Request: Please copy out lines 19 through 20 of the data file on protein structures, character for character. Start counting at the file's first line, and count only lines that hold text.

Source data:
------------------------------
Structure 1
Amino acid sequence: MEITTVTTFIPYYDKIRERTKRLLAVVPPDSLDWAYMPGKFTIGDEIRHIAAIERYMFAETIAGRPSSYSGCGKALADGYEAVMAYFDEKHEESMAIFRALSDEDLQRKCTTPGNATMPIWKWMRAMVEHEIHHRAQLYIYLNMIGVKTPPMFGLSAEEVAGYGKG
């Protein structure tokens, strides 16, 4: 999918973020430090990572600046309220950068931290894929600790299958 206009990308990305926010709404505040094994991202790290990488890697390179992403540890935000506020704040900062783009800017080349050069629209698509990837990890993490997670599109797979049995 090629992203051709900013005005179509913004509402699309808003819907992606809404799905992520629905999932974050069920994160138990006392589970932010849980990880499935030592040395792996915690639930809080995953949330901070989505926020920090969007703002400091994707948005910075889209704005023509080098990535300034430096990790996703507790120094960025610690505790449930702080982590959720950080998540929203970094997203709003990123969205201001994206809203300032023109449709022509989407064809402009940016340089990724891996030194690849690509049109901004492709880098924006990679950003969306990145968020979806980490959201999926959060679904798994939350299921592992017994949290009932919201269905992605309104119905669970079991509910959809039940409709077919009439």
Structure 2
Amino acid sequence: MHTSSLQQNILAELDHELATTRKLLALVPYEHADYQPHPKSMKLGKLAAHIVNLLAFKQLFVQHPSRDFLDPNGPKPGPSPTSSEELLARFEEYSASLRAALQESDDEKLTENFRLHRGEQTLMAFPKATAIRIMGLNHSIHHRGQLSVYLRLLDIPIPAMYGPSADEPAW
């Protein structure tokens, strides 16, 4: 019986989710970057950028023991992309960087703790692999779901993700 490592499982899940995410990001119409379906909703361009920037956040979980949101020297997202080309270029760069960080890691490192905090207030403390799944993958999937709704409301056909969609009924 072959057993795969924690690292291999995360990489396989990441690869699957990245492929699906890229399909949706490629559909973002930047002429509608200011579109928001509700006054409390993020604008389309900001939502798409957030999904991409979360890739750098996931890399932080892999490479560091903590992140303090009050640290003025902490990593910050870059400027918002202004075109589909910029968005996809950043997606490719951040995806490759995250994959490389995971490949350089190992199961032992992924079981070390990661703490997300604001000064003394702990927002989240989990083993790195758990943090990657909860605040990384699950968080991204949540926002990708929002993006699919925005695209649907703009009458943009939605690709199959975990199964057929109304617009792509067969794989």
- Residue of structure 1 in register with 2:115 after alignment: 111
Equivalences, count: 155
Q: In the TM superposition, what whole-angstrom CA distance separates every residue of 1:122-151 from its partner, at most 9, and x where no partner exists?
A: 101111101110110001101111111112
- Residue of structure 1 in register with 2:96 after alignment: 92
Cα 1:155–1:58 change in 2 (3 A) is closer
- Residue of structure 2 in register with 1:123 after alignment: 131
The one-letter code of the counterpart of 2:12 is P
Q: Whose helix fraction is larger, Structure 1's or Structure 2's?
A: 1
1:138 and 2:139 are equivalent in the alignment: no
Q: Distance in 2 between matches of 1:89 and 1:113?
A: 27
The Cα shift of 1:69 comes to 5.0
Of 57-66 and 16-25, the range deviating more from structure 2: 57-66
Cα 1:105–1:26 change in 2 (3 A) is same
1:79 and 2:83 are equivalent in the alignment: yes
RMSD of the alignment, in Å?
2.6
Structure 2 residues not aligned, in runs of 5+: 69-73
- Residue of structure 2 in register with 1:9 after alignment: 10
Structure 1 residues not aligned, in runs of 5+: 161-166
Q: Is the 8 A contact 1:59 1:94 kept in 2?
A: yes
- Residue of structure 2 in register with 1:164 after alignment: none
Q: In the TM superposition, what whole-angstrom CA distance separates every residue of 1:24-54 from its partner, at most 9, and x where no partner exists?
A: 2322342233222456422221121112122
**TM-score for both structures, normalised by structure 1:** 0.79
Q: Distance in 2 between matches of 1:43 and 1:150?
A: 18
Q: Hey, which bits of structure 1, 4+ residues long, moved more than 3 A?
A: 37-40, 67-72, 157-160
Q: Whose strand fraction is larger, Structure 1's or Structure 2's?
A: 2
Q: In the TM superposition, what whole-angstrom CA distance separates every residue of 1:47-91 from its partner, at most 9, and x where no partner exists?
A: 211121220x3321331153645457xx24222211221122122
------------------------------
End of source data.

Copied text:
A: 27
The Cα shift of 1:69 comes to 5.0